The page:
Malayalam Reviews

Oru Yamandan Prema Katha Review: Dulquer Salman Takes The Plunge Into Self-Aware Tomfoolery

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Director: B.C Noufal

Cast: Dulquer Salmaan, Nikhila Vimal, Salim Kumar, Vishnu Unnikrishnan, Samyukta Menon, Renji Panikker

Composer: Nadirsha

Renji Panikker must keep a log of films where he has to pace up and down the corridor outside a hospital labor room, awaiting the birth of his child who will, in a short span of time, grow up to be the film’s protagonist. Oru Yamandan Prema Katha is the latest entrant to that not-so-short list. Panikker plays a wealthy lawyer whose son, Lallu (Dulquer Salmaan) grows up to be a misfit in the family and class he was born into. The boy rejects all the etiquette and discipline his father tries to cultivate in him. He hangs out with the kids from a lowly residential colony in the neighborhood. As a young man, he refuses to join the white-collar work force, and earns a living as a house painter. One day, his father reprimands him for eating and socializing at a local tea stall. “That’s not healthy,” he warns the young man who laughs that signature ‘DQ laugh’ and replies, “Food poison is the stuff of five-star restaurants, father… Low class eateries never deceive your belly!”

Directed by BS Naufal, Oru Yamandan Prema Katha belongs to an informal genre of self-aware, goofy films set in a lower middle class milieu. Thanks to their mass-appeal, these films are instrumental in creating superstars out of nice young actors. The film plays to the gallery by romanticizing poverty, and pointing out the dichotomy between the sophisticated class and what it assumes as its target audience – the masses. Elaborate sequences are drawn out to say that the upper-class community, despite their material wealth, sophistication and education, are leading meaningless lives while the poor and the unsophisticated are happier, and in spite of their seemingly chaotic outer selves, have more fulfilling inner lives.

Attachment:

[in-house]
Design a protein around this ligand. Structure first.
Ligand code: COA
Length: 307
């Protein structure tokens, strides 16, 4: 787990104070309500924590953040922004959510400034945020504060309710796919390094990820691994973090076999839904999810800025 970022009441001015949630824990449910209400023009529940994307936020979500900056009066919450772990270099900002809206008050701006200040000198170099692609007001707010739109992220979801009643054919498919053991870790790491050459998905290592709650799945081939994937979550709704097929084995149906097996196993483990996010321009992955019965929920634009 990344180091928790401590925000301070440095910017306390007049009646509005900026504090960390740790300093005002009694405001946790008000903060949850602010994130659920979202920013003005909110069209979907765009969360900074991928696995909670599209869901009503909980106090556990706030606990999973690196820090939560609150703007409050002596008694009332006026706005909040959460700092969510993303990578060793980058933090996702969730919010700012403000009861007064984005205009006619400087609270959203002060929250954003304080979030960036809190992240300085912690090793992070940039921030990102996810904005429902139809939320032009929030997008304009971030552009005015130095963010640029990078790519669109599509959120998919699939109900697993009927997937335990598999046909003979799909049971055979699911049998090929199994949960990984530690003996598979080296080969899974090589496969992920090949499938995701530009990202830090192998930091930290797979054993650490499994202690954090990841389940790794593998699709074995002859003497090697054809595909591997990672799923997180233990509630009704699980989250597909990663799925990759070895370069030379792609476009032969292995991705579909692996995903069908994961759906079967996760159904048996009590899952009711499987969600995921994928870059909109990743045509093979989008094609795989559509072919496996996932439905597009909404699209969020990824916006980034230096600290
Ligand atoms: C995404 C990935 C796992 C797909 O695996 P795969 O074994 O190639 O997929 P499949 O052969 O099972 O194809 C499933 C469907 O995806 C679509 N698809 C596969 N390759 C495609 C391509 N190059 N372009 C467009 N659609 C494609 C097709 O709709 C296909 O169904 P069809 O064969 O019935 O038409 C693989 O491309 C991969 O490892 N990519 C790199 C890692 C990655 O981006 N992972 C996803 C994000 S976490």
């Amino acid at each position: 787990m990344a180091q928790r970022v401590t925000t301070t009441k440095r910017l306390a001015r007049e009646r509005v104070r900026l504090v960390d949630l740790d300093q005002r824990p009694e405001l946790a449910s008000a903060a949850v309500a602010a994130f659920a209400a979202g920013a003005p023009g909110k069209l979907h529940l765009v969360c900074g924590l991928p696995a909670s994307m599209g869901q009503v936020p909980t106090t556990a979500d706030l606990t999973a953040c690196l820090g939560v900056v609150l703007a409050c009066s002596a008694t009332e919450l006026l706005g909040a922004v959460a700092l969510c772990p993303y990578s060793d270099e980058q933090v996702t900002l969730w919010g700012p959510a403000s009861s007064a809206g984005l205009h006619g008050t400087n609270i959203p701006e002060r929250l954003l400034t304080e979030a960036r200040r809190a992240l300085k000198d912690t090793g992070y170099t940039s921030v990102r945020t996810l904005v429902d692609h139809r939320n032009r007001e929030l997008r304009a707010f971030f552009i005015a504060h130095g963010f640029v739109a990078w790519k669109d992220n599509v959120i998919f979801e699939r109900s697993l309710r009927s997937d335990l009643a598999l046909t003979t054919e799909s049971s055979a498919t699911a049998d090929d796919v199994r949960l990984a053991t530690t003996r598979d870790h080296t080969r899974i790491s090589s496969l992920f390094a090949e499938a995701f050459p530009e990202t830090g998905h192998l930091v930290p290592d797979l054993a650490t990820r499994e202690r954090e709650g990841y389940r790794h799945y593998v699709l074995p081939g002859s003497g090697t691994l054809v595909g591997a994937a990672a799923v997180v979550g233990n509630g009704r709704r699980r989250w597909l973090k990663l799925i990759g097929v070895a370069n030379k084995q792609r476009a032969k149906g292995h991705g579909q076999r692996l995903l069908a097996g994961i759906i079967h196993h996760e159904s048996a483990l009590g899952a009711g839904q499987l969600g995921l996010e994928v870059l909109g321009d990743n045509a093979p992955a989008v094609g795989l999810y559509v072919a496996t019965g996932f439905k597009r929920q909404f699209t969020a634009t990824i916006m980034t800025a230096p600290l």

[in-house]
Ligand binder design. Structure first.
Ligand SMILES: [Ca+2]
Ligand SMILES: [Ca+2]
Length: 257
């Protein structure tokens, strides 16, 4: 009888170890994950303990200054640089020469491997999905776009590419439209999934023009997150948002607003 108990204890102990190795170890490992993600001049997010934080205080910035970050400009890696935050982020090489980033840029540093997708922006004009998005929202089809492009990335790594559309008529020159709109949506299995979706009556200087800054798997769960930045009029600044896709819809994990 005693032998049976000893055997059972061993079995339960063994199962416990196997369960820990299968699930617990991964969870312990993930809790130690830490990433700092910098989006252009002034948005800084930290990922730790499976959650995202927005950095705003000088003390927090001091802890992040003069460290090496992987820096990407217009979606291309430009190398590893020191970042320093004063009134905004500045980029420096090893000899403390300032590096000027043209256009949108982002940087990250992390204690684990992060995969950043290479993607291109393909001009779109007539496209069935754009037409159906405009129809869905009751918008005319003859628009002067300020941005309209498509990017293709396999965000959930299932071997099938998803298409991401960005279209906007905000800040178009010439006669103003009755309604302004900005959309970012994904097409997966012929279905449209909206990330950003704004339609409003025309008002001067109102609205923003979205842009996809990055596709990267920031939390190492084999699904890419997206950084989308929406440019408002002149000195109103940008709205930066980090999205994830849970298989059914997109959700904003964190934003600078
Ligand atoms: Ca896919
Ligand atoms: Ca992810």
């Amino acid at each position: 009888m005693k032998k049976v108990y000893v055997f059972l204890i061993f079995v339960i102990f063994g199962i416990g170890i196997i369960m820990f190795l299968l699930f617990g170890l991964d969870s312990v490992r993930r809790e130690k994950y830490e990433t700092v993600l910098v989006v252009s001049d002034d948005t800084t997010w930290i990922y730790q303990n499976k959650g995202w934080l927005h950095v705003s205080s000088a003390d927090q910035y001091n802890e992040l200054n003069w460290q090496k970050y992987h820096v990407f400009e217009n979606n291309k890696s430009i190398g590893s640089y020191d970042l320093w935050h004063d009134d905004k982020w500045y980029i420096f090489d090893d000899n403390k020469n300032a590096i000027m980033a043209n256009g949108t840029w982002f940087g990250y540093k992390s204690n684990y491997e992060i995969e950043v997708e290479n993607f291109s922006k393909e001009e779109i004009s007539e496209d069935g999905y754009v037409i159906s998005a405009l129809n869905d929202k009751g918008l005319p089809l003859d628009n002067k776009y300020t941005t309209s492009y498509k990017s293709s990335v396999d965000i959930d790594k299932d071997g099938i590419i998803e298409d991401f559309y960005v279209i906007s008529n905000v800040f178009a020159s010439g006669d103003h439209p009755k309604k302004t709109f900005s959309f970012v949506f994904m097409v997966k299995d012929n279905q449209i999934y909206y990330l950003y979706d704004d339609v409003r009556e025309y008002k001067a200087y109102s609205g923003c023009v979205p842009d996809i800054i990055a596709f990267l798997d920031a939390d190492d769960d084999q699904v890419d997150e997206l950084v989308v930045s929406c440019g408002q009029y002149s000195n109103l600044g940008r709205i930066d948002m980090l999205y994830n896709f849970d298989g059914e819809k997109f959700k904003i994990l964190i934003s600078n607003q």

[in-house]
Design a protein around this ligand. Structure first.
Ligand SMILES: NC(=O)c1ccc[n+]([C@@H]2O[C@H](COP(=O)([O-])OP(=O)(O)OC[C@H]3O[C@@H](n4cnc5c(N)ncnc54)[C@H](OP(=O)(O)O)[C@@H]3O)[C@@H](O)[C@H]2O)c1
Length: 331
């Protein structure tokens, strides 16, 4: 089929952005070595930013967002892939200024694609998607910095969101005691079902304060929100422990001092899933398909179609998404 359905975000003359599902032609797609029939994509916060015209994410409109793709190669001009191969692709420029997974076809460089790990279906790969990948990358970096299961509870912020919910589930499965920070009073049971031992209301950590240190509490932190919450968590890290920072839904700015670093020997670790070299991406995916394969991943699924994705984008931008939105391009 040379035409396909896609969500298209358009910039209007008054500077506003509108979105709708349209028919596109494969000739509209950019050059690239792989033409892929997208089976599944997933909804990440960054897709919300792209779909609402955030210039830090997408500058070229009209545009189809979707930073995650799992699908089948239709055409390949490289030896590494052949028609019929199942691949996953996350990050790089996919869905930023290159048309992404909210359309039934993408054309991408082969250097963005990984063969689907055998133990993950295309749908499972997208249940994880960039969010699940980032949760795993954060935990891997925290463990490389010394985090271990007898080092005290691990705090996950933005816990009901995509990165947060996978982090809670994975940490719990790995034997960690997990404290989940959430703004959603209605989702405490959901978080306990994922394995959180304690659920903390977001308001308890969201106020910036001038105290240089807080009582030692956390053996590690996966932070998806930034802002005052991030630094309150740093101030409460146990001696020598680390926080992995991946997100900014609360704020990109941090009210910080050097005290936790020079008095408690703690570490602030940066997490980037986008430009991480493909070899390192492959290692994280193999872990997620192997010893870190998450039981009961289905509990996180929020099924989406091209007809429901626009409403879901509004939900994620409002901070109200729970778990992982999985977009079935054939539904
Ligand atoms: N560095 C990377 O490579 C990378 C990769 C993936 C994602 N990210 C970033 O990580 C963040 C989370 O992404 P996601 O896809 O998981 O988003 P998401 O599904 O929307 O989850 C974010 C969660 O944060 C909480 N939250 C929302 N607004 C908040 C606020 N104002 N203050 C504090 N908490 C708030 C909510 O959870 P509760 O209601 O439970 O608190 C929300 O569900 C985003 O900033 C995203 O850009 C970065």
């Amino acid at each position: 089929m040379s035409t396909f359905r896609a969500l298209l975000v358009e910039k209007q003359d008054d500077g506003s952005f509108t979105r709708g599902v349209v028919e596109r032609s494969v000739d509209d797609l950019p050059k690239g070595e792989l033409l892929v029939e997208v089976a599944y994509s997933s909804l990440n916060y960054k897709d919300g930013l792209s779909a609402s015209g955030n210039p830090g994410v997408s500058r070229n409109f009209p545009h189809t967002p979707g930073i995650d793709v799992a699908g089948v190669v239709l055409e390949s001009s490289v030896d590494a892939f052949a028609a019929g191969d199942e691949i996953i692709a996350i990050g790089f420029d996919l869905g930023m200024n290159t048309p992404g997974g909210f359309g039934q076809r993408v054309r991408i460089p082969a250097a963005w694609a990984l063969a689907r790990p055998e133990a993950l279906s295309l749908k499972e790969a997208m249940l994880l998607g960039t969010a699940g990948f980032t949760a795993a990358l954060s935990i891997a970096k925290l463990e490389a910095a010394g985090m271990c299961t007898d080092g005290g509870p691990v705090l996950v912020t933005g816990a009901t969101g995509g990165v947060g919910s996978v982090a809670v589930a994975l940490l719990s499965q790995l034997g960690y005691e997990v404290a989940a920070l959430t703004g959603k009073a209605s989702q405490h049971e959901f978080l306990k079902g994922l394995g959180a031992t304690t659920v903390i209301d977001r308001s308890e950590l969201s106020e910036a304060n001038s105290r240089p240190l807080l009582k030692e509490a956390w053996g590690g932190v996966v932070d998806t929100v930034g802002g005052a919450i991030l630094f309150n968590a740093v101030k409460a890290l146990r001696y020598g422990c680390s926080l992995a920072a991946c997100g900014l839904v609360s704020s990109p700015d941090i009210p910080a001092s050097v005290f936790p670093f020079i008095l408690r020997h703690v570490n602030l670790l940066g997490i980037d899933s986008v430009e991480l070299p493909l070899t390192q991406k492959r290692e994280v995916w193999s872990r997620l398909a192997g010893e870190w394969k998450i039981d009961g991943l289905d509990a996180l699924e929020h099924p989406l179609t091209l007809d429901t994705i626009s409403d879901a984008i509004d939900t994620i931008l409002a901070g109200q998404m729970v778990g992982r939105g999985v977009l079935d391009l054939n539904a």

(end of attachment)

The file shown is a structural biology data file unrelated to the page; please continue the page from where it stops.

Ironically, the tool that Oru Yamandan Prema Katha employs to etch out this contrast is Dulquer, an actor who has largely played urbane characters in his career, and is looked up to by a humongous fan community for his salon-perfect looks, refined mannerisms and a polished accent. He puts on a colloquial Kochi tongue, wears shirts that are as colourful as a Holi day, and makes efforts to look like a happy-go-lucky house painter who adorns his room walls with pictures of Balarama heroes. But his real self hangs heavily in the air.

The gravest problem, though, is the unimaginative writing. The plot points, especially the ones in the climactic part, are utterly predictable and lazy. The narrative structure is tone-deaf, haywire. Salim Kumar delivers a moral spiel to his young daughter whom he earlier spotted hanging out with her boyfriend. “Girls shouldn’t forget the dreams their parents have for them,” he tears up. This is immediately followed by a goofy scene where Lallu seeks his help to get into a ladies hostel to find out about his crush, a young woman who is unaware of his existence. The antagonist is a perennially angry young man who seems to be in a relationship with his car. The love story at the heart of the film unfolds like a bad joke, sans sensitivity or any reasoning.

Lallu exists somewhere between the flamboyant Charlie of Charlie and the self-absorbed Aji of CIA. The film opens to the scene of his birth which is staged like cosmic phenomenon. Clues are tossed in (Bible verses, shots of a church and a statue of Christ) to suggest that the baby is an extraordinary one on whose life the universe has a heavy grip. But the film doesn’t come up with an intelligent sequence to support this. Lallu’s extra-ordinariness is limited to his handsomeness. He grew up as an eye-candy – a stud who had to ward off flirty girls right from kindergarten. His much-celebrated rebelliousness is, evidently, an eyewash.

But Oru Yamandan Prema Katha isn’t entirely a dull watch. Some of the comic scenes, in spite of looking like a television comic skit, are rib-tickling. Namely an evening wedding party in the neighborhood where the villagers pull off hilarious Tik-Tok performances. A lot of comic instances in the film are built around one of its main characters, a blind young man (Vishnu Unnikrishnan) who believes he can sing. The jokes tread a fine sensitive line between genial and offensive, which is a rarity. Unnikrishnan plays the role with a great restraint, lending the character a lovable, sunny side. In a movie starring Dulquer Salmaan, it is this young actor-writer who stands out and redeems the film, to some extent, from falling apart altogether.

*****

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